Recent progress in frequency modulation atomic force microscopy (FM-AFM) has enabled its operation in liquid with true atomic resolution. However, the information contained in a two-dimensional height image obtained by FM-AFM is often insufficient for understanding the structures and phenomena at a solid/liquid interface. In this study, we have developed a method referred to as 3D scanning force microscopy (3D-SFM). Combined with FM-AFM, the method enables to visualize 3D distribution of water and fluctuating surface structures at solid/liquid interfaces. Here we present basic principle and applications of 3D-SFM. The 3D-SFM image obtained at a mica/water interface shows 3D distribution of the hydration layers and adsorbed water molecules with subnanometer-scale resolution. In addition, the 3D-SFM image obtained at a lipid/water interface shows 3D distribution of the fluctuating lipid headgroups.
Scanning ion conductance microscopy (SICM), first introduced by Hansma et al. (1989), can obtain topographic images of the sample surface and has been expected to be useful for biological studies. In this paper, we explained the principle of the SICM and showed some results of the application of SICM to biology. We showed SICM images of collagen fibrils, chromosomes and cultivated cells in liquid. We then applied SICM for imaging the surface of tissue blocks (e.g., trachea, etc.). Sequential time-lapsed SICM images of live cells were also shown for revealing the movement of cellular processes on the time scale of minutes. The advantages of SICM imaging in biology were discussed by comparison with atomic force microscopy (AFM) and/or scanning electron microscopy (SEM) images.
The micro/nanoelectrode has unique characteristics, which are not expected for conventional electrodes, such as the capability to perform localized measurements, low double layer charging currents, low ohmic drops, and fast mass transport. Scanning electrochemical microscopy (SECM) with a micro/nanoelectrode for detecting electroactive chemical species and is an effective tool for the investigation of the localized chemical properties of sample surfaces and interfaces. Because SECM has high temporal resolution under physiological conditions, it is particularly well suited for quantitative measurements of chemicals like neurotransmitters, nitric oxide, reactive oxygen species, and oxygen, which are released/consumed by living cells. This article presents an overview of the recent progress of SECM.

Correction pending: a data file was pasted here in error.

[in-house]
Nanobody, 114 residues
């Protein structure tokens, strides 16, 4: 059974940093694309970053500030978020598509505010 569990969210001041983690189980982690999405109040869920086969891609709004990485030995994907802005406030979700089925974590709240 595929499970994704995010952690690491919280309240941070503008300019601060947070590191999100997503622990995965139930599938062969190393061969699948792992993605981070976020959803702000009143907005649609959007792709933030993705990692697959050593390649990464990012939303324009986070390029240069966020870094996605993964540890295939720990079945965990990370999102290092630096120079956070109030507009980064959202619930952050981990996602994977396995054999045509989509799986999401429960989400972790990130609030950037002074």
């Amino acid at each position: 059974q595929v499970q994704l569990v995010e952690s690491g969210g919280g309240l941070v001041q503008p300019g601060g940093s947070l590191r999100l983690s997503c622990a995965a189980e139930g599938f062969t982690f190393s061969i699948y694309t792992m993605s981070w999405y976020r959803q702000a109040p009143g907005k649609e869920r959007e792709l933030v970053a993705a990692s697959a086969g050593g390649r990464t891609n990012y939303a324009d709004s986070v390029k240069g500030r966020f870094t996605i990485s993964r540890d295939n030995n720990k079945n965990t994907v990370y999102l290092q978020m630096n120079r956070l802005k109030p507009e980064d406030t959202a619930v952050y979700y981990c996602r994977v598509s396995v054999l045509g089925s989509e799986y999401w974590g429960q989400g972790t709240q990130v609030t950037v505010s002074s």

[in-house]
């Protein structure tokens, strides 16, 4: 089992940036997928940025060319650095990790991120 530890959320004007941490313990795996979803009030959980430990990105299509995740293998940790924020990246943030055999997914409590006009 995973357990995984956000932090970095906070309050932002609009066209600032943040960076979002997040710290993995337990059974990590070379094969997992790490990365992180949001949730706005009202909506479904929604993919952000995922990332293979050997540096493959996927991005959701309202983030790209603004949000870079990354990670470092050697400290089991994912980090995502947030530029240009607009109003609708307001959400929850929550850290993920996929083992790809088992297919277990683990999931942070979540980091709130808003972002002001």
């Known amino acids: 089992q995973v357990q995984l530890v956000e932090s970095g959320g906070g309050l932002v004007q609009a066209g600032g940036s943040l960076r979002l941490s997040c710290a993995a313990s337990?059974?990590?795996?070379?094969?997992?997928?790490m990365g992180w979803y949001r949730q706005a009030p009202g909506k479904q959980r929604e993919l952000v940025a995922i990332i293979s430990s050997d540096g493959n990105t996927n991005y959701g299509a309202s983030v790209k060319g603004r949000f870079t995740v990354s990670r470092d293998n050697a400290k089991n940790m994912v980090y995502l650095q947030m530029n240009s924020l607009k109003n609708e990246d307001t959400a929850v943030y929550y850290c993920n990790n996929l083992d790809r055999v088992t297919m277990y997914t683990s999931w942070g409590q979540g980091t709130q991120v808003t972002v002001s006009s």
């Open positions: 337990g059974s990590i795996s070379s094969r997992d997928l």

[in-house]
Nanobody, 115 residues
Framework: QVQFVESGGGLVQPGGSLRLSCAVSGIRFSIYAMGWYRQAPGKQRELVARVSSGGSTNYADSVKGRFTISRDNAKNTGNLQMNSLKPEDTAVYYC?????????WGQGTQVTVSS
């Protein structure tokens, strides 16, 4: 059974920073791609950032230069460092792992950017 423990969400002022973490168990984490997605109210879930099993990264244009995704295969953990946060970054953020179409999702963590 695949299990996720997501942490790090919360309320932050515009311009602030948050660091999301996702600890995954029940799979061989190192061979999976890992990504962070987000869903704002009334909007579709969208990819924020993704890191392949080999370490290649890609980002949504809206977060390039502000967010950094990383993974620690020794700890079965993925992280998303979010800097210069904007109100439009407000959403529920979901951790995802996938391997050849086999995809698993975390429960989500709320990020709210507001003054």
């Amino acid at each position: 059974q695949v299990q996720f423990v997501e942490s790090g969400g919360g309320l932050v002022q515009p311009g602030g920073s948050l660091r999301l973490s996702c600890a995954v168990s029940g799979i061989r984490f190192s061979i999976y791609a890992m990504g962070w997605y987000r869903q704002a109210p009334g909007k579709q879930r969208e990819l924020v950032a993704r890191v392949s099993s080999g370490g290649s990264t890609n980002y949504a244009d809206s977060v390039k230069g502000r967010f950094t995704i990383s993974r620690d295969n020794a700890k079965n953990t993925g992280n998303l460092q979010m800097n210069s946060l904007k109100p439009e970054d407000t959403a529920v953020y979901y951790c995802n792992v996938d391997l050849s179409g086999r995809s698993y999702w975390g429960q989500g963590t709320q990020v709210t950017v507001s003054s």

The mechanism underlying the bioinertness of nonfouling self-assembled monolayers was investigated with protein adsorption experiments, platelet adhesion tests, and surface force measurements with an atomic force microscope. Our force measurements revealed strong repulsion operating between nonfouling SAMs in the range of 4 to 6 nm in PBS buffer solution. In addition, we found that the protein-adsorbing and cell-adhering SAMs did not exhibit such repulsion. We concluded that the repulsion originated from structured interfacial water molecules. Considering the correlation among the above results, we propose that the structured interfacial water with a thickness of 2 to 3 nm (half of the range of the repulsion observed in the surface force measurements) plays an important role in deterring proteins and cells from adsorption or adhesion.
Atomic force microscope (AFM) has advantages in the measurement of mechanical properties of soft materials. Here, we introduced applications of AFM to elucidate a single cell mechanics and multi-cellular dynamics. Comparison of elasticity map of fibroblasts with distribution of intracellular cytoskeletal fibers showed correspondence of high elasticity regions andactin fiber distributions. A representative morphology of cellular membrane ruffling was clearly observed and elasticity of the ruffling regions was higher than that of the outside of the ruffling regions. Elasticity map of epithelial cells showed cell-cell contact point is high elasticity. Cellular elasticity measurements by AFM will be applied to medical usages and some modifications of AFM will open a new door to study dynamics of soft materials.